During random checks undertaken in 2002 by the state-run AIDS Center, 263 prisoners at Alytus prison tested positive for HIV. Tests at Lithuania’s other 14 prisons found only 18 cases. Before the tests at Alytus prison, Lithuanian officials had listed just 300 cases of HIV in the whole country, or less than 0.01 percent of the population, the lowest rate in Europe. It is believed that the outbreak at Alytus was due to sharing of drug injection equipment.

Canadian Prisons
Springhill, Nova Scotia
In 1996 two HIV- and HCV-positive prisoners at Springhill Institution, a federal institution in Nova Scotia, informed health-care staff that they had shared needles and injection equipment with a significant number of other prisoners. A disease outbreak containment intervention was initiated, and 17 contacts of the two men were tested. However, no attempt was made to prove that, as a result of sharing needles and injection equipment with the known positive inmates, the contacts had contracted HIV or HCV while in prison.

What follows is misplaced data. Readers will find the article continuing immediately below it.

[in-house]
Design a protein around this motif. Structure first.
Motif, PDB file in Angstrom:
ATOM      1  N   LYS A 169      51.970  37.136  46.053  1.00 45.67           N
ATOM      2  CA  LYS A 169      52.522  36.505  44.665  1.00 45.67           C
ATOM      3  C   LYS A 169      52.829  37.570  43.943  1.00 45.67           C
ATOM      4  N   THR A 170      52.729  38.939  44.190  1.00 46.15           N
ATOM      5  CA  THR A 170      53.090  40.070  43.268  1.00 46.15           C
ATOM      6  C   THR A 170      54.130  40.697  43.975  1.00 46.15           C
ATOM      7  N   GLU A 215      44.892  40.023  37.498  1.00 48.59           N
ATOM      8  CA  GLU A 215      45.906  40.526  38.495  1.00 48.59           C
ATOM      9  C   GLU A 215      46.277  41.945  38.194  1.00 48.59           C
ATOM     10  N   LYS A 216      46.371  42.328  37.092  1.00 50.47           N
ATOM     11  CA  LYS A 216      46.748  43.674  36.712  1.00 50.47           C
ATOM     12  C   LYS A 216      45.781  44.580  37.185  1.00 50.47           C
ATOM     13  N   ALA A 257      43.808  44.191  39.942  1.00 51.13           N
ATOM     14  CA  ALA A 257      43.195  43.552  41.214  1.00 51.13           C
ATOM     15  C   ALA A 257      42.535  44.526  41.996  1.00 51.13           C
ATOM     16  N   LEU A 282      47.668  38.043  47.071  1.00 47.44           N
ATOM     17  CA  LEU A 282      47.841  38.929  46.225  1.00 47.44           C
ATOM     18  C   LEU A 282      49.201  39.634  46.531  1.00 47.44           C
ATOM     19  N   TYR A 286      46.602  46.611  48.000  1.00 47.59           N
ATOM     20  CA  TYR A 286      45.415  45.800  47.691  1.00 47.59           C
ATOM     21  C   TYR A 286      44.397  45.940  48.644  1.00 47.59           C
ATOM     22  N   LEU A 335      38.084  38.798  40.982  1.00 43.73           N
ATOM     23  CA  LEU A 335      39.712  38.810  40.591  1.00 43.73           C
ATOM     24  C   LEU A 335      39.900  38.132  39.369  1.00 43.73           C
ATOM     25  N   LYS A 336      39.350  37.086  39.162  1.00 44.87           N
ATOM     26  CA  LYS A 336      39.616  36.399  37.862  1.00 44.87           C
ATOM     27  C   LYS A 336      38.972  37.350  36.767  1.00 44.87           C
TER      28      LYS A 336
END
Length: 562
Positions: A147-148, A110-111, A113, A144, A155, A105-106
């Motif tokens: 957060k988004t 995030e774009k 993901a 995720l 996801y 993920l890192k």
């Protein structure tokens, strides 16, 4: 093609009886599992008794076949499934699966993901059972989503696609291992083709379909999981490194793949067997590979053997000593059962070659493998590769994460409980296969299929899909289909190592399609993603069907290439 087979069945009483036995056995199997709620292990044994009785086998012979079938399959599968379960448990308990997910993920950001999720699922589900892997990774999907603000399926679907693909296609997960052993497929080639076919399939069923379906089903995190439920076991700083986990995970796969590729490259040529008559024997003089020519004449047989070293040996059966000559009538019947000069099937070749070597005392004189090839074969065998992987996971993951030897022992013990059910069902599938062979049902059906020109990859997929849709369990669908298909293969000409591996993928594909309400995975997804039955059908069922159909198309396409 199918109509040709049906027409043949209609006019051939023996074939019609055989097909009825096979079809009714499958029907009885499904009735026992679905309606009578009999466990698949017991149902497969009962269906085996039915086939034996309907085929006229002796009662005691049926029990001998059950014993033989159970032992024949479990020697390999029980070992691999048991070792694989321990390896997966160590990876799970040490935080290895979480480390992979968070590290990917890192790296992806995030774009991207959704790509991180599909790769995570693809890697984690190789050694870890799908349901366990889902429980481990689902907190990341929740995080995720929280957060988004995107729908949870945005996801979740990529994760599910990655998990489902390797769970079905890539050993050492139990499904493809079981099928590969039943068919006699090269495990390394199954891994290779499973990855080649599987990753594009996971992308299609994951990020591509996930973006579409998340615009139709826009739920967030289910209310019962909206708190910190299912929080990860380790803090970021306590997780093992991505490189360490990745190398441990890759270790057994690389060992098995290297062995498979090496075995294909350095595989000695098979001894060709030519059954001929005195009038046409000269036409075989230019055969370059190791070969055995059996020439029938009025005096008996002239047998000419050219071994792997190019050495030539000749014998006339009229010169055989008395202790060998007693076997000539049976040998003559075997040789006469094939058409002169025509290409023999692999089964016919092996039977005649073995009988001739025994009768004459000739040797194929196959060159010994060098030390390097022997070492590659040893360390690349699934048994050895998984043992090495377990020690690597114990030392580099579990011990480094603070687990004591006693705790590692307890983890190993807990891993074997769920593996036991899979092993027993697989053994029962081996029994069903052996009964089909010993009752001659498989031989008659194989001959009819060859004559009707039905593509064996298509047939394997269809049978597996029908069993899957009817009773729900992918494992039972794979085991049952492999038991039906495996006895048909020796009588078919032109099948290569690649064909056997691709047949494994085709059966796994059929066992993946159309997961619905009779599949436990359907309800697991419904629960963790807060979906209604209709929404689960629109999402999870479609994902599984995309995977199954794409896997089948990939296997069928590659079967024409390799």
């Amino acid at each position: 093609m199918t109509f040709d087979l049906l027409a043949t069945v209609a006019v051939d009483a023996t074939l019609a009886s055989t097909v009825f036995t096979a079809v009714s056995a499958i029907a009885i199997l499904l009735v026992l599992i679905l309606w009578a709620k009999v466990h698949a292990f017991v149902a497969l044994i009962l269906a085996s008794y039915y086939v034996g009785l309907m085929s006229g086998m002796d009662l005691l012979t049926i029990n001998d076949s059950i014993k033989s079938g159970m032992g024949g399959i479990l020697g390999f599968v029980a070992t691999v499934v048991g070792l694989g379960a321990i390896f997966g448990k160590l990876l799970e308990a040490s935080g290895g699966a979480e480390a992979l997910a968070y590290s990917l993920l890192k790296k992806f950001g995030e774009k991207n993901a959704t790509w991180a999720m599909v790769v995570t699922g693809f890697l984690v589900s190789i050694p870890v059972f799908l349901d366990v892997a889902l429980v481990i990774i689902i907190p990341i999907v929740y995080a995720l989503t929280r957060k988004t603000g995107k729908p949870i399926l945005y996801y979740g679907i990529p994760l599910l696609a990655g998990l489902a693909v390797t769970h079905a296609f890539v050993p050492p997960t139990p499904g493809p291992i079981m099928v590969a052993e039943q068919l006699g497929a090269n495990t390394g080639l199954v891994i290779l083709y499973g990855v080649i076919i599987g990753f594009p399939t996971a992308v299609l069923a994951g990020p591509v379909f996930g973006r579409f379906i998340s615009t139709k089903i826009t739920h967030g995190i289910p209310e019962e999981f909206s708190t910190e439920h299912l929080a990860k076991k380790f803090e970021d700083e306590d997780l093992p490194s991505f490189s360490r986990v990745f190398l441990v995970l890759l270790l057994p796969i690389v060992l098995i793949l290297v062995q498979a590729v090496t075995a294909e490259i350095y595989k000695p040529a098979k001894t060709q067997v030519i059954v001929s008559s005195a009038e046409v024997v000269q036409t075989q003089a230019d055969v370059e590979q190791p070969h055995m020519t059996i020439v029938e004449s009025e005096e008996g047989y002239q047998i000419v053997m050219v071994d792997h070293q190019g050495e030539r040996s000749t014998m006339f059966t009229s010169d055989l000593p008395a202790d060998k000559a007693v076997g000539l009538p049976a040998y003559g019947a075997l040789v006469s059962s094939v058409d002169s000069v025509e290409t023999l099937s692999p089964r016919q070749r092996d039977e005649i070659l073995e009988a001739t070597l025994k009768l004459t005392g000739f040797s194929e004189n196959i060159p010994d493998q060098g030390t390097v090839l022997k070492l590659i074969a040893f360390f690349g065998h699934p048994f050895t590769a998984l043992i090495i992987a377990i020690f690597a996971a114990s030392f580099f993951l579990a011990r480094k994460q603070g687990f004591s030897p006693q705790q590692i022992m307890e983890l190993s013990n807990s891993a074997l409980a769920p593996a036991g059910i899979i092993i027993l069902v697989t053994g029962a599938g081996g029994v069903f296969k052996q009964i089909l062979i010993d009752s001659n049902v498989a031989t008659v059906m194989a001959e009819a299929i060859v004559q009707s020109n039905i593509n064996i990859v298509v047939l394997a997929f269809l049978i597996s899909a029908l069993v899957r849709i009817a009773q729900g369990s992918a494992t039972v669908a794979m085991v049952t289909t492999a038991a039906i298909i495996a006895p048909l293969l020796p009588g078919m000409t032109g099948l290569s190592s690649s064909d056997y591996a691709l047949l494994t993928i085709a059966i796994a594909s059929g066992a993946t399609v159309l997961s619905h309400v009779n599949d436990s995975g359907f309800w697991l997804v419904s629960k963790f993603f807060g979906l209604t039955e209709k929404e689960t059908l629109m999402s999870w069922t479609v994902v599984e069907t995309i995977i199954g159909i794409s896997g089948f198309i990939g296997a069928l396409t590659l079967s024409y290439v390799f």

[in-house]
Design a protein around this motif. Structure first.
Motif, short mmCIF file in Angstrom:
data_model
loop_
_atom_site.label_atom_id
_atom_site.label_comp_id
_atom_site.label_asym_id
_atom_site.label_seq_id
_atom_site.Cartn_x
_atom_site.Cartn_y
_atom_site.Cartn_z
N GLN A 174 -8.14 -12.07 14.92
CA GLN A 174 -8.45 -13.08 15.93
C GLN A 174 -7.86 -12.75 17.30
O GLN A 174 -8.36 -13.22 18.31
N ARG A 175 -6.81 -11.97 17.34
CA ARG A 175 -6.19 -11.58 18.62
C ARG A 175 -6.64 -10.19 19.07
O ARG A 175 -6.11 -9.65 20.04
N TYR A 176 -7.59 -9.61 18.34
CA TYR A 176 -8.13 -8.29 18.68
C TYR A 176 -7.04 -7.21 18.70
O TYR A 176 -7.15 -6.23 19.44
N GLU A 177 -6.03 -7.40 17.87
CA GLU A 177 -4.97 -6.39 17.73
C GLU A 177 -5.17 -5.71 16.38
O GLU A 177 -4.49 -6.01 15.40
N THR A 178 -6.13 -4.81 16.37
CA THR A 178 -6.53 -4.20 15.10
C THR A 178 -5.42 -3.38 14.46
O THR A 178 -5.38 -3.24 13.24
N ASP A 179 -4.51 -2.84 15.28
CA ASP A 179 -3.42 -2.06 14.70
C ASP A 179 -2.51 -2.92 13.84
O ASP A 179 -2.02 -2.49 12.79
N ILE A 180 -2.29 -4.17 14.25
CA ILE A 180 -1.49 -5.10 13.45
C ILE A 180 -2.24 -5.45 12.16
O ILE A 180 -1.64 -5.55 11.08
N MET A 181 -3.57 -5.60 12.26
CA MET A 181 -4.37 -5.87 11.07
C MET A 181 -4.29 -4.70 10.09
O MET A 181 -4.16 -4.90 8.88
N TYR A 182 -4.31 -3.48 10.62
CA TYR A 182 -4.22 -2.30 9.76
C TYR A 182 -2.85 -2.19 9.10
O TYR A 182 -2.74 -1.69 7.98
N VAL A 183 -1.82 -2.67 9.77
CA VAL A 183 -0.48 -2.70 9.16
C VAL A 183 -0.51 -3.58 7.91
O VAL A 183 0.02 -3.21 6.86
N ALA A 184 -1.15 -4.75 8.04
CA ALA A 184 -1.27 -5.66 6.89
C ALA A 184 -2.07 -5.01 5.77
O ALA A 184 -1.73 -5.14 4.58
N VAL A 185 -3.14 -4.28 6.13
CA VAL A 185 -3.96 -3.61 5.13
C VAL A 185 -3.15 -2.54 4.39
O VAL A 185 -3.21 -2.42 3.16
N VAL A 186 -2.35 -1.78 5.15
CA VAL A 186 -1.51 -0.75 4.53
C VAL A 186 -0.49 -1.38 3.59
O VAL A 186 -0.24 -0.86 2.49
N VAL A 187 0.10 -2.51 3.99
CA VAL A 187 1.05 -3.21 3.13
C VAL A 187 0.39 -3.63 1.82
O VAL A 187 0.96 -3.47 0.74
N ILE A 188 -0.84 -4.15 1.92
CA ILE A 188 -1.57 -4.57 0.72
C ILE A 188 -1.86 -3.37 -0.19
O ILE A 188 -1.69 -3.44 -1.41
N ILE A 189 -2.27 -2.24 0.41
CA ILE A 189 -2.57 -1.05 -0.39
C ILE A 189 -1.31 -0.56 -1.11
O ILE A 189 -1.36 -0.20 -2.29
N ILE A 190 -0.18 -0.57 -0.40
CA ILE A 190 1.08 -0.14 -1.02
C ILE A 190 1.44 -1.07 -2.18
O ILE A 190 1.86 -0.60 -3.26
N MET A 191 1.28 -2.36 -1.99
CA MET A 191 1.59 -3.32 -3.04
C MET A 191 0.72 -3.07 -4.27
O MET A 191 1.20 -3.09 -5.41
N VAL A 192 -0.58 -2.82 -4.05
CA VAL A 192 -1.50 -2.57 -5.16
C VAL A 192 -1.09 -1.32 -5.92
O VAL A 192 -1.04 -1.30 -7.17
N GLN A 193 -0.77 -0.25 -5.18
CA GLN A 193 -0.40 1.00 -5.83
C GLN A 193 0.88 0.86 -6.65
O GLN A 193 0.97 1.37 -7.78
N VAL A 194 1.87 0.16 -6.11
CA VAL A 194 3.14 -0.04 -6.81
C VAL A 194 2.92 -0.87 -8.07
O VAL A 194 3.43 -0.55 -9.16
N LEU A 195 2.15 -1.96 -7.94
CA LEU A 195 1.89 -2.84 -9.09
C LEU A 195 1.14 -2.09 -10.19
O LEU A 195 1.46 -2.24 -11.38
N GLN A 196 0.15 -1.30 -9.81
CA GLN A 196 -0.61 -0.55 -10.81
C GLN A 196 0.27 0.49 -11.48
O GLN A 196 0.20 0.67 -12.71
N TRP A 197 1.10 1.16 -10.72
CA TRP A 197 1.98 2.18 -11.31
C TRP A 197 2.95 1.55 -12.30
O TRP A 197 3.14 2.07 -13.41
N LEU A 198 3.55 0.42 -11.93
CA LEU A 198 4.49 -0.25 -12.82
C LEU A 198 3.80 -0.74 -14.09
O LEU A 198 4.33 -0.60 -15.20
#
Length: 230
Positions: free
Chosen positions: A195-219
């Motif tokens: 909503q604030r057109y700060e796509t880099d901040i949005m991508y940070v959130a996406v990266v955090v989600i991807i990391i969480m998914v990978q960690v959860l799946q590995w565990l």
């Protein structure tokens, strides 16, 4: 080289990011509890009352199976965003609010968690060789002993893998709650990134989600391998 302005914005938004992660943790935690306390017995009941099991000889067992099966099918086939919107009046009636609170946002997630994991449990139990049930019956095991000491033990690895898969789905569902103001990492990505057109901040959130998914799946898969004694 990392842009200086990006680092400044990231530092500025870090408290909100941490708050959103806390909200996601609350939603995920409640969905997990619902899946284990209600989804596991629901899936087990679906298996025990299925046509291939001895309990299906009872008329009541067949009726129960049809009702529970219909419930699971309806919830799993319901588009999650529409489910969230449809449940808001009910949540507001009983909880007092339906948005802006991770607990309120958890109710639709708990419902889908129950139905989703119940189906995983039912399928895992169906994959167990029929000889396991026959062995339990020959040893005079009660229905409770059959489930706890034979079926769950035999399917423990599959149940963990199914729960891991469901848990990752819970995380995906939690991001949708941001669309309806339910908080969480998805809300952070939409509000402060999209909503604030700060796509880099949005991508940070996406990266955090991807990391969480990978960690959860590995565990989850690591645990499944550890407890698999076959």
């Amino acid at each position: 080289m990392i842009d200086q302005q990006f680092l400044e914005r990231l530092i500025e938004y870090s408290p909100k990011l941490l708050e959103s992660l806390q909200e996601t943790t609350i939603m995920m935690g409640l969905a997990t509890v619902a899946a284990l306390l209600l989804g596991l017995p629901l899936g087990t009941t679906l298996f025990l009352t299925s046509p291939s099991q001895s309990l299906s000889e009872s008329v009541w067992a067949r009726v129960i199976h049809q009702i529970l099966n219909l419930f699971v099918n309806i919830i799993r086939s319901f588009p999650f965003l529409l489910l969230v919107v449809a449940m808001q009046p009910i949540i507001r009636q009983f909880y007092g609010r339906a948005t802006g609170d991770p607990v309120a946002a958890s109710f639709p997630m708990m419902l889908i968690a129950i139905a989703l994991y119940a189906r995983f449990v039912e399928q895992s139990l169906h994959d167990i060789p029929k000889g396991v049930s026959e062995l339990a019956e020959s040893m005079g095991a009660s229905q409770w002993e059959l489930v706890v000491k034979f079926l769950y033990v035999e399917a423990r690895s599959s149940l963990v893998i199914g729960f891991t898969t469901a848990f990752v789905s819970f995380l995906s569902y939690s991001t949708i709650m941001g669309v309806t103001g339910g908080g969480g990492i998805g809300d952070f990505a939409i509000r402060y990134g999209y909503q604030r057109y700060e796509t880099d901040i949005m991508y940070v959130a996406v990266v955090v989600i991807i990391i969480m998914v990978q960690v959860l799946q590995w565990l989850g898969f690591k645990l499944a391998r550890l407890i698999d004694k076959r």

Joyceville, Ontario
In 1997 a prisoner who had been sharing injection equipment with fellow drug users at Joyceville Penitentiary, a medium-security federal prison for men, revealed that he was HIV-positive. This caused concern among the large number of prisoners who had shared injection equipment with him. The prisoners were reluctant to seek HIV testing from the prison’s health-care staff for fear of self -identifying as injection drug users. The prison’s inmate committee therefore requested that an HIV- seroprevalence study be carried out as a way of providing prisoners with access to anonymous testing.

The study showed that risk behaviours and rates of infection in the prison had increased substantially since a previous study that had been undertaken at the same prison in 1995. In addition, the researchers who undertook the study “saw individuals with equivocal test results who were likely in the process of seroconverting.” Since the study was completed, they became aware of one individual, negative for HIV in March 1998, who is now positive, and one individual who has contracted HCV.